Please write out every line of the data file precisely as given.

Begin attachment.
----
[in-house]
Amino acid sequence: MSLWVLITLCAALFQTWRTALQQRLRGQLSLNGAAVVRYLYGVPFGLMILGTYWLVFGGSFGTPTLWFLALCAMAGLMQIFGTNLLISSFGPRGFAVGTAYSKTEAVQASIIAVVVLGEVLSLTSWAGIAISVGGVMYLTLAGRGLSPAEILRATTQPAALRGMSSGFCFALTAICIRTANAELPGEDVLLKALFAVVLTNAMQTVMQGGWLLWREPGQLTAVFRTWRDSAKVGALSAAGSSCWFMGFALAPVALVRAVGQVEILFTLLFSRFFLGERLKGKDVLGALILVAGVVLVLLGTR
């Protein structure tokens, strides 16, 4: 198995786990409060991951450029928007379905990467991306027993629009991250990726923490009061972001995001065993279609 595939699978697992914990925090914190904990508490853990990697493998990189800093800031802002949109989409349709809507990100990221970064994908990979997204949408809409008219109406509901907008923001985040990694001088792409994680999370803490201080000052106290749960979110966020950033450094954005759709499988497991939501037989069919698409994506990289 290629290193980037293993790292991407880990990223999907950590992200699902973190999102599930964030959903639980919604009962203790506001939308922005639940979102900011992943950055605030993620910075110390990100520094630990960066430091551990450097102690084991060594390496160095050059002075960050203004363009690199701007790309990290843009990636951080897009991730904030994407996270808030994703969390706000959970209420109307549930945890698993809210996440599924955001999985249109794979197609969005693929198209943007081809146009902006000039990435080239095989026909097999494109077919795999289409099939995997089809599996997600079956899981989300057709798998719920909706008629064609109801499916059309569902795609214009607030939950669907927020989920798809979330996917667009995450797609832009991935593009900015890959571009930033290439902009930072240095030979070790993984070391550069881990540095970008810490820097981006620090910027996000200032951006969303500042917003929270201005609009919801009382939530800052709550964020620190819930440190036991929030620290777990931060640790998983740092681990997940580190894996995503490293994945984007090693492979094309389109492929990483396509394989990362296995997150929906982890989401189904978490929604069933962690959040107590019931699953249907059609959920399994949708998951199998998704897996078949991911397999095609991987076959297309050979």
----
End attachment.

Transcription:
[in-house]
Amino acid sequence: MSLWVLITLCAALFQTWRTALQQRLRGQLSLNGAAVVRYLYGVPFGLMILGTYWLVFGGSFGTPTLWFLALCAMAGLMQIFGTNLLISSFGPRGFAVGTAYSKTEAVQASIIAVVVLGEVLSLTSWAGIAISVGGVMYLTLAGRGLSPAEILRATTQPAALRGMSSGFCFALTAICIRTANAELPGEDVLLKALFAVVLTNAMQTVMQGGWLLWREPGQLTAVFRTWRDSAKVGALSAAGSSCWFMGFALAPVALVRAVGQVEILFTLLFSRFFLGERLKGKDVLGALILVAGVVLVLLGTR
């Protein structure tokens, strides 16, 4: 198995786990409060991951450029928007379905990467991306027993629009991250990726923490009061972001995001065993279609 595939699978697992914990925090914190904990508490853990990697493998990189800093800031802002949109989409349709809507990100990221970064994908990979997204949408809409008219109406509901907008923001985040990694001088792409994680999370803490201080000052106290749960979110966020950033450094954005759709499988497991939501037989069919698409994506990289 290629290193980037293993790292991407880990990223999907950590992200699902973190999102599930964030959903639980919604009962203790506001939308922005639940979102900011992943950055605030993620910075110390990100520094630990960066430091551990450097102690084991060594390496160095050059002075960050203004363009690199701007790309990290843009990636951080897009991730904030994407996270808030994703969390706000959970209420109307549930945890698993809210996440599924955001999985249109794979197609969005693929198209943007081809146009902006000039990435080239095989026909097999494109077919795999289409099939995997089809599996997600079956899981989300057709798998719920909706008629064609109801499916059309569902795609214009607030939950669907927020989920798809979330996917667009995450797609832009991935593009900015890959571009930033290439902009930072240095030979070790993984070391550069881990540095970008810490820097981006620090910027996000200032951006969303500042917003929270201005609009919801009382939530800052709550964020620190819930440190036991929030620290777990931060640790998983740092681990997940580190894996995503490293994945984007090693492979094309389109492929990483396509394989990362296995997150929906982890989401189904978490929604069933962690959040107590019931699953249907059609959920399994949708998951199998998704897996078949991911397999095609991987076959297309050979």